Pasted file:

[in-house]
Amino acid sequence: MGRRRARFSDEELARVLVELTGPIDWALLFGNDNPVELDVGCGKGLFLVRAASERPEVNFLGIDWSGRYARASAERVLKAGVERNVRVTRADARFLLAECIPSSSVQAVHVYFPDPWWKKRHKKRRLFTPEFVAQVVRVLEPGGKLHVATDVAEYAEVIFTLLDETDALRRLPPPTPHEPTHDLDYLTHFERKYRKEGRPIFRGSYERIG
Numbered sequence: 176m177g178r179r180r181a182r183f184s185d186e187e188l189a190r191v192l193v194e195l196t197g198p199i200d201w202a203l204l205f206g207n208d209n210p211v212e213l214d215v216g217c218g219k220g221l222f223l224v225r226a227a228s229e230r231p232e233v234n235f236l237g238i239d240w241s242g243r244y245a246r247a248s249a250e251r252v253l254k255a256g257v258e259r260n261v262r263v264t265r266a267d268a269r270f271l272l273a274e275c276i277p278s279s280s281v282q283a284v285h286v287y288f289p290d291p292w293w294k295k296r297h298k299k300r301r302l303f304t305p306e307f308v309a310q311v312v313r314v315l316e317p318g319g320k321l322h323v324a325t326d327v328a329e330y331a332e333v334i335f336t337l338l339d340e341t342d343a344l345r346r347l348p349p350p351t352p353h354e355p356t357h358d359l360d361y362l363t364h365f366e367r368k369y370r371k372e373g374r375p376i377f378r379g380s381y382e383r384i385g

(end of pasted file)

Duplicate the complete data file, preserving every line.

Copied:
[in-house]
Amino acid sequence: MGRRRARFSDEELARVLVELTGPIDWALLFGNDNPVELDVGCGKGLFLVRAASERPEVNFLGIDWSGRYARASAERVLKAGVERNVRVTRADARFLLAECIPSSSVQAVHVYFPDPWWKKRHKKRRLFTPEFVAQVVRVLEPGGKLHVATDVAEYAEVIFTLLDETDALRRLPPPTPHEPTHDLDYLTHFERKYRKEGRPIFRGSYERIG
Numbered sequence: 176m177g178r179r180r181a182r183f184s185d186e187e188l189a190r191v192l193v194e195l196t197g198p199i200d201w202a203l204l205f206g207n208d209n210p211v212e213l214d215v216g217c218g219k220g221l222f223l224v225r226a227a228s229e230r231p232e233v234n235f236l237g238i239d240w241s242g243r244y245a246r247a248s249a250e251r252v253l254k255a256g257v258e259r260n261v262r263v264t265r266a267d268a269r270f271l272l273a274e275c276i277p278s279s280s281v282q283a284v285h286v287y288f289p290d291p292w293w294k295k296r297h298k299k300r301r302l303f304t305p306e307f308v309a310q311v312v313r314v315l316e317p318g319g320k321l322h323v324a325t326d327v328a329e330y331a332e333v334i335f336t337l338l339d340e341t342d343a344l345r346r347l348p349p350p351t352p353h354e355p356t357h358d359l360d361y362l363t364h365f366e367r368k369y370r371k372e373g374r375p376i377f378r379g380s381y382e383r384i385g